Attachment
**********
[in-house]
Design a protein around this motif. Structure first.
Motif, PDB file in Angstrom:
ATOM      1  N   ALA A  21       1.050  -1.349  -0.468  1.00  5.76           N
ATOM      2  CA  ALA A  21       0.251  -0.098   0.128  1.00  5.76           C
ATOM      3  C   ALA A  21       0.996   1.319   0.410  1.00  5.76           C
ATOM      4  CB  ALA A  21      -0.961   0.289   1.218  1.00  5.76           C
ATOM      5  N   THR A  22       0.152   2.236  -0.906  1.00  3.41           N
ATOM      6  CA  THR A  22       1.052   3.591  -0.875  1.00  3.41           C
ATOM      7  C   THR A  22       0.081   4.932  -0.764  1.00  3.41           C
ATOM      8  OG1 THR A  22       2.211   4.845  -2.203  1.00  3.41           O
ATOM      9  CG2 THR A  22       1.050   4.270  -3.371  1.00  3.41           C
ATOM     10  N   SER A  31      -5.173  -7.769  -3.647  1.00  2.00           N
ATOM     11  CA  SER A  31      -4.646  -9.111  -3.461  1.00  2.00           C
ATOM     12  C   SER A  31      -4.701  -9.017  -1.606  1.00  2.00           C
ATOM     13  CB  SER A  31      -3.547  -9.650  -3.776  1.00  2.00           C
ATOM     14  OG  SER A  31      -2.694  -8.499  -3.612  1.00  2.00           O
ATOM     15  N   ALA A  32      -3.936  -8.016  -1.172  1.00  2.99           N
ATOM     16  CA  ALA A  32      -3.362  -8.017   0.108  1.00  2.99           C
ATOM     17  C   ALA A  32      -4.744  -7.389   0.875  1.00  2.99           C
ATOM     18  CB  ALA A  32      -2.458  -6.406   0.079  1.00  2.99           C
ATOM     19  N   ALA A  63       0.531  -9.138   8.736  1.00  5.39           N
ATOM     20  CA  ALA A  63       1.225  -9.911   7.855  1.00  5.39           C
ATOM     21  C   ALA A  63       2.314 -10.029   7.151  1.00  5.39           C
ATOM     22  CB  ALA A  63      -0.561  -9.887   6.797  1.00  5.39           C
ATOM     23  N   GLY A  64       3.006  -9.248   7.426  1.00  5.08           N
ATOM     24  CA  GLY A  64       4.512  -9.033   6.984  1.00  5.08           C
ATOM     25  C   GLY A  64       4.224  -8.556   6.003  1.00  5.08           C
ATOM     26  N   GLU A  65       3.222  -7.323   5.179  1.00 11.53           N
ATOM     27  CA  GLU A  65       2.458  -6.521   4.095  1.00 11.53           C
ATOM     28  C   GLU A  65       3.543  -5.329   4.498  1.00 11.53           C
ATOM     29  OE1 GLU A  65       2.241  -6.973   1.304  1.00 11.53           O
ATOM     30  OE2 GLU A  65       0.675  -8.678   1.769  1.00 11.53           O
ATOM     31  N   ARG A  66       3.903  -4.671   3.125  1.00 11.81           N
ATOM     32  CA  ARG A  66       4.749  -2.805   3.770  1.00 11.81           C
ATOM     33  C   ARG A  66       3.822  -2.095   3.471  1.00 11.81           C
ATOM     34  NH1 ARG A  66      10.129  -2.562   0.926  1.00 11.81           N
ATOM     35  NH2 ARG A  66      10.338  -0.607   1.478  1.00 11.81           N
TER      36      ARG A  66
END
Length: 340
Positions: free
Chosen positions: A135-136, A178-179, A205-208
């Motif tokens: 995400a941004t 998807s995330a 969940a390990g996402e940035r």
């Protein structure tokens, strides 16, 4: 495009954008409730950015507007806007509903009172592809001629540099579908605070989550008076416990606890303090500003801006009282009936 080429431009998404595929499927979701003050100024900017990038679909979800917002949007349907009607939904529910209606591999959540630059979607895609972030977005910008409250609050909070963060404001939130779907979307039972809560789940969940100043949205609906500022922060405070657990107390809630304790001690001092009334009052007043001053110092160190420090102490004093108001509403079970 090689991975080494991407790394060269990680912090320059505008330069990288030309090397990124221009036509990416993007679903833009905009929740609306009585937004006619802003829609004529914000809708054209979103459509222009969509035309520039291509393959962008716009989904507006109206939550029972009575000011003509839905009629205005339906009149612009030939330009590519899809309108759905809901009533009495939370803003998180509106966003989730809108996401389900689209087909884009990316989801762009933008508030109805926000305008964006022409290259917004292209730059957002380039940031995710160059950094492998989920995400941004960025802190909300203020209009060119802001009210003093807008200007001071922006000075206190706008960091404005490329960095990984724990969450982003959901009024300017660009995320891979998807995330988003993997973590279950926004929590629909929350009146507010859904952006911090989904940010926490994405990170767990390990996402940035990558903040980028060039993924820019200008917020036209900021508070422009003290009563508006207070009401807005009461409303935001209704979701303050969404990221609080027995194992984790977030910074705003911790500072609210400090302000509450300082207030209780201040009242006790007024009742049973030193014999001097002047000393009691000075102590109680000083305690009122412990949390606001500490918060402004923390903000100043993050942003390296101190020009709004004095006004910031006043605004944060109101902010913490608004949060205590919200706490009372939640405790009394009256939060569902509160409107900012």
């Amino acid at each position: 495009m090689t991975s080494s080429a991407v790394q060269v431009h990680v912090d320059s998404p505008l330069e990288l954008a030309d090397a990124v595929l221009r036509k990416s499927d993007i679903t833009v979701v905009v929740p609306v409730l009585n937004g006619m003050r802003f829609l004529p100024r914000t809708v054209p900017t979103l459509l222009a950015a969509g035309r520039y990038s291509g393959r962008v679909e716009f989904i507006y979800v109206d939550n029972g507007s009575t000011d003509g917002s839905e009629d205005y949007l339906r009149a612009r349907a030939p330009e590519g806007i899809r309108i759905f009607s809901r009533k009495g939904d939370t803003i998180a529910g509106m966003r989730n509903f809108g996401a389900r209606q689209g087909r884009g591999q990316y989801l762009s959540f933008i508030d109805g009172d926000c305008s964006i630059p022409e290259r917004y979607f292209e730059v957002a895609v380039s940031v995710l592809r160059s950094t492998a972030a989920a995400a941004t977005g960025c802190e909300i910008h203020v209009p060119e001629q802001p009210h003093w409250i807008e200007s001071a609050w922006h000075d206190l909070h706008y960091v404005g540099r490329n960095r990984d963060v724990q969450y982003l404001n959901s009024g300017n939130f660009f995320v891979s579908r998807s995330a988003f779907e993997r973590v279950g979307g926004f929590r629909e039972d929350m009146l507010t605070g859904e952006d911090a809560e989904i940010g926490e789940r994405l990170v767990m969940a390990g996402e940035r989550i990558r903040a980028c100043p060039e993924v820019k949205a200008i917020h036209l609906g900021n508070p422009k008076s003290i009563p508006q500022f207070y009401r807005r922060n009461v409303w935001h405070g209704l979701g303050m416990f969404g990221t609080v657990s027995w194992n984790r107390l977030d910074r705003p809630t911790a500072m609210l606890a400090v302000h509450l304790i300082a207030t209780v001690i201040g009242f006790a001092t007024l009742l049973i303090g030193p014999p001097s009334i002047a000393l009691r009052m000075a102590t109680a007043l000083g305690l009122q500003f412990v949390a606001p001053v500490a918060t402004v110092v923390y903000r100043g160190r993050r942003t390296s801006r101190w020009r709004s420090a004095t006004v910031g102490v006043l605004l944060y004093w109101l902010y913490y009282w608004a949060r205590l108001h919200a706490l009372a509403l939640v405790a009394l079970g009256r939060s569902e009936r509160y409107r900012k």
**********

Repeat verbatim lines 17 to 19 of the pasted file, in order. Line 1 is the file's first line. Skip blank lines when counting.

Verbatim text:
ATOM     14  OG  SER A  31      -2.694  -8.499  -3.612  1.00  2.00           O
ATOM     15  N   ALA A  32      -3.936  -8.016  -1.172  1.00  2.99           N
ATOM     16  CA  ALA A  32      -3.362  -8.017   0.108  1.00  2.99           C